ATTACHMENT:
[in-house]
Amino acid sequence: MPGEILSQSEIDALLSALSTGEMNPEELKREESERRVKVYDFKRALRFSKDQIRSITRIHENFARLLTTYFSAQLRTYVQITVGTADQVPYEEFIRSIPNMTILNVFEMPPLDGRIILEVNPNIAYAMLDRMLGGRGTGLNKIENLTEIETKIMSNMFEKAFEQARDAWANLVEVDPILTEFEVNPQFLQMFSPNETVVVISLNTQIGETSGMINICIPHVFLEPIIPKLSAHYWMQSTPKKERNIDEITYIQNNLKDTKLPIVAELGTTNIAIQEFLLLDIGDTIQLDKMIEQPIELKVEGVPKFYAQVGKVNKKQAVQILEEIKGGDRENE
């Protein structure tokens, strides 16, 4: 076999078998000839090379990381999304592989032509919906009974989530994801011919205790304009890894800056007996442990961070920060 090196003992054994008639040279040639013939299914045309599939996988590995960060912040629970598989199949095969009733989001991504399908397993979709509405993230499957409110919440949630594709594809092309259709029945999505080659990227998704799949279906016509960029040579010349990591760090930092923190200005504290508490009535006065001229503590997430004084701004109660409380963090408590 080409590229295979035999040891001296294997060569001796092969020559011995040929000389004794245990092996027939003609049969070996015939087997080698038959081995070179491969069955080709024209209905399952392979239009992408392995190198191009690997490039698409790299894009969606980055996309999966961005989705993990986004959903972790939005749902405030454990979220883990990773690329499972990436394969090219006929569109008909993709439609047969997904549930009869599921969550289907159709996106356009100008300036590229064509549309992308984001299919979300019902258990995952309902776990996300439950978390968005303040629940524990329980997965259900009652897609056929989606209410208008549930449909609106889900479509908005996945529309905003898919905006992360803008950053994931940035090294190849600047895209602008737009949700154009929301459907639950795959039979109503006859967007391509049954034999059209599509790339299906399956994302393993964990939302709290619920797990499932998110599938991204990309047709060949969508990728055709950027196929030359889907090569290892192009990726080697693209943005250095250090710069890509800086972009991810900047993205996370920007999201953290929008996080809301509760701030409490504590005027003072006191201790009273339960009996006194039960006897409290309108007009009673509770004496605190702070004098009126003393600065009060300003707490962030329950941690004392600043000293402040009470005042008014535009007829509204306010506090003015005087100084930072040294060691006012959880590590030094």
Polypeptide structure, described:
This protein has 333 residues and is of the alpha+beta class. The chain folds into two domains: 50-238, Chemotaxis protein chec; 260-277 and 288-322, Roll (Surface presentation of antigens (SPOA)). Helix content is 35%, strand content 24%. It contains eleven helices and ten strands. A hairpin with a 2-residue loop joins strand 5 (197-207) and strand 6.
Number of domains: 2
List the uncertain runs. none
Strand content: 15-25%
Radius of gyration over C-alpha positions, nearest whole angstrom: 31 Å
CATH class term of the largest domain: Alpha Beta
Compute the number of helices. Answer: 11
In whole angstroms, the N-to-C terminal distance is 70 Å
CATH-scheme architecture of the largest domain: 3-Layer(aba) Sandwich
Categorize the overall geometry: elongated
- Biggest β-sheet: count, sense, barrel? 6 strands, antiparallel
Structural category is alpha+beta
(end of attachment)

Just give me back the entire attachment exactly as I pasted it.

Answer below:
[in-house]
Amino acid sequence: MPGEILSQSEIDALLSALSTGEMNPEELKREESERRVKVYDFKRALRFSKDQIRSITRIHENFARLLTTYFSAQLRTYVQITVGTADQVPYEEFIRSIPNMTILNVFEMPPLDGRIILEVNPNIAYAMLDRMLGGRGTGLNKIENLTEIETKIMSNMFEKAFEQARDAWANLVEVDPILTEFEVNPQFLQMFSPNETVVVISLNTQIGETSGMINICIPHVFLEPIIPKLSAHYWMQSTPKKERNIDEITYIQNNLKDTKLPIVAELGTTNIAIQEFLLLDIGDTIQLDKMIEQPIELKVEGVPKFYAQVGKVNKKQAVQILEEIKGGDRENE
């Protein structure tokens, strides 16, 4: 076999078998000839090379990381999304592989032509919906009974989530994801011919205790304009890894800056007996442990961070920060 090196003992054994008639040279040639013939299914045309599939996988590995960060912040629970598989199949095969009733989001991504399908397993979709509405993230499957409110919440949630594709594809092309259709029945999505080659990227998704799949279906016509960029040579010349990591760090930092923190200005504290508490009535006065001229503590997430004084701004109660409380963090408590 080409590229295979035999040891001296294997060569001796092969020559011995040929000389004794245990092996027939003609049969070996015939087997080698038959081995070179491969069955080709024209209905399952392979239009992408392995190198191009690997490039698409790299894009969606980055996309999966961005989705993990986004959903972790939005749902405030454990979220883990990773690329499972990436394969090219006929569109008909993709439609047969997904549930009869599921969550289907159709996106356009100008300036590229064509549309992308984001299919979300019902258990995952309902776990996300439950978390968005303040629940524990329980997965259900009652897609056929989606209410208008549930449909609106889900479509908005996945529309905003898919905006992360803008950053994931940035090294190849600047895209602008737009949700154009929301459907639950795959039979109503006859967007391509049954034999059209599509790339299906399956994302393993964990939302709290619920797990499932998110599938991204990309047709060949969508990728055709950027196929030359889907090569290892192009990726080697693209943005250095250090710069890509800086972009991810900047993205996370920007999201953290929008996080809301509760701030409490504590005027003072006191201790009273339960009996006194039960006897409290309108007009009673509770004496605190702070004098009126003393600065009060300003707490962030329950941690004392600043000293402040009470005042008014535009007829509204306010506090003015005087100084930072040294060691006012959880590590030094």
Polypeptide structure, described:
This protein has 333 residues and is of the alpha+beta class. The chain folds into two domains: 50-238, Chemotaxis protein chec; 260-277 and 288-322, Roll (Surface presentation of antigens (SPOA)). Helix content is 35%, strand content 24%. It contains eleven helices and ten strands. A hairpin with a 2-residue loop joins strand 5 (197-207) and strand 6.
Number of domains: 2
List the uncertain runs. none
Strand content: 15-25%
Radius of gyration over C-alpha positions, nearest whole angstrom: 31 Å
CATH class term of the largest domain: Alpha Beta
Compute the number of helices. Answer: 11
In whole angstroms, the N-to-C terminal distance is 70 Å
CATH-scheme architecture of the largest domain: 3-Layer(aba) Sandwich
Categorize the overall geometry: elongated
- Biggest β-sheet: count, sense, barrel? 6 strands, antiparallel
Structural category is alpha+beta